For decades the United States was the epicenter of securities class-action lawsuits against executives and their companies. But a 2010 court decision determined the federal court system would no longer be host to essentially foreign disputes.
Plaintiffs were left looking for alternative jurisdictions abroad.
After years of slow growth and struggles due to financial and legal obstacles, class action litigation outside the United States has found a foothold in the form of litigation funding firms. This new field has boosted class actions internationally and increased the risk for multinational companies and their executives. As such, global coverage placement is more important today than ever before.
The Burdens of Litigation Abroad
Class actions are popular vehicles for plaintiffs in the United States, allowing individuals with smaller damages to join together to seek recovery as a more powerful group. The costs and other burdens of litigation on any one individual shareholder often far overshadow possible recovery sums, limiting the incentive to pursue a case outside of a class action.
Class actions are a uniquely American invention, and historically they were not allowed in most other countries. Although that has changed in recent years—today more than two dozen countries permit some type of class, collective or group action—many obstacles remain to using these litigation vehicles.
Some countries restrict class-like actions to certain types of proceedings. Others limit the type of matter that can be resolved through class action, such as contractual disputes, antitrust actions or product liability cases.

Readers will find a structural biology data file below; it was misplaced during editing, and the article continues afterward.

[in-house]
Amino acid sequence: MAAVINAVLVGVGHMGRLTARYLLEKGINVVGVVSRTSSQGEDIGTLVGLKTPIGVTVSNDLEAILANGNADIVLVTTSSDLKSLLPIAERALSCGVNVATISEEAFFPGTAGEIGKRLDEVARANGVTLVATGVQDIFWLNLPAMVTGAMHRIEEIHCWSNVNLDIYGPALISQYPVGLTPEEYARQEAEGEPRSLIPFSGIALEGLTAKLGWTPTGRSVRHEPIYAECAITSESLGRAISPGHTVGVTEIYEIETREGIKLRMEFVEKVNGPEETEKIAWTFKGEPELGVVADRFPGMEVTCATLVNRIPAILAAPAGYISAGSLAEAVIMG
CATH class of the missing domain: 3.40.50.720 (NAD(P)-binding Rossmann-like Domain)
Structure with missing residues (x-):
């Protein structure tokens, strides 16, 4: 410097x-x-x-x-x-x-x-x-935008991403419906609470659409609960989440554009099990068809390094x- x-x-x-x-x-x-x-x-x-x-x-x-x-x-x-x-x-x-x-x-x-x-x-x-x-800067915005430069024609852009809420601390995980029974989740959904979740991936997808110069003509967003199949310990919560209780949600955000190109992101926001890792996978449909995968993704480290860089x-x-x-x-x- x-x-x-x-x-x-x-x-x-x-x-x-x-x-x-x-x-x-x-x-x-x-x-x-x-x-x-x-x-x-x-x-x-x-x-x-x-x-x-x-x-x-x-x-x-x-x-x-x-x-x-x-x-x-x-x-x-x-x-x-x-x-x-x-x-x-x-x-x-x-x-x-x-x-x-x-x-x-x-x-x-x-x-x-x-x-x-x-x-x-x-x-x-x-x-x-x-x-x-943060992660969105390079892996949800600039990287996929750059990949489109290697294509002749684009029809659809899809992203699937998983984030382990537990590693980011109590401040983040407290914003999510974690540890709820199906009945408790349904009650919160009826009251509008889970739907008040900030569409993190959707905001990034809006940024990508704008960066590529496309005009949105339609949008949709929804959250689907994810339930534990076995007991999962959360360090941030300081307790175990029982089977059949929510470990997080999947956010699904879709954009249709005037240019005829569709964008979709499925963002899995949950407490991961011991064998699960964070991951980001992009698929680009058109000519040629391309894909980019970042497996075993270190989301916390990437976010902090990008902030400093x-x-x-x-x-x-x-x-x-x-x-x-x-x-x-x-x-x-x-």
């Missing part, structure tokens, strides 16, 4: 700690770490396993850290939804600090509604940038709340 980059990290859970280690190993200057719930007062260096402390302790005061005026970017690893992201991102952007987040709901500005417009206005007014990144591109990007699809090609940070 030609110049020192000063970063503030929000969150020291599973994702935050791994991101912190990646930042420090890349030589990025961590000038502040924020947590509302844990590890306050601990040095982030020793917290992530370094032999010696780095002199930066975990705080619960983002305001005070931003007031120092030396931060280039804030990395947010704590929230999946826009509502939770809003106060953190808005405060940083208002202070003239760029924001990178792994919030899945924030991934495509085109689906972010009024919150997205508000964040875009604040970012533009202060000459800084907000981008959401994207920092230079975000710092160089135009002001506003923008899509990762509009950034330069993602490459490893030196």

There are also significant financial burdens imposed on potential plaintiffs. For example, some countries require a plaintiff make a financial deposit into court in an amount representing some portion of the recovery sought. In addition, many countries have a “loser pays” rule, under which the individual who loses a case must pay all of the attorneys fees of the winning side.
Other countries often do not permit what is known in the United States as contingency fees. Contingency fees allow an attorney to self-fund a case, collecting attorneys fees from the settlement or judgment at the conclusion of the case. That is not the situation in many countries abroad. Instead, the individual plaintiff must pay attorneys fees on an ongoing basis during the life of the case.
Litigation abroad has also been thwarted by enormous differences in liability laws and significant distinctions between the forms of legal process from country to country. In the United States, federal securities laws provide a single framework within which to adjudicate federal lawsuits. And though each state has its own set of securities laws (often referred to as blue sky laws), there are fundamental similarities between them. As a result, a single law firm can oversee litigation and hire local firms in many states, marshalling a coordinated effort in a relatively efficient and smooth manner. That has not been the case outside the United States. Country differences in substantive liabilities and legal processes represent a very real challenge to an individual plaintiff who must retain lawyers in each country, understand the different liability laws, work within the differences in the legal process and successfully maintain actions in multiple countries all at once.
All of these obstacles—from restrictions on suit type to financial burdens to different liability laws—have prevented the growth of a securities litigation industry abroad.
Litigation Funding Opens the Gates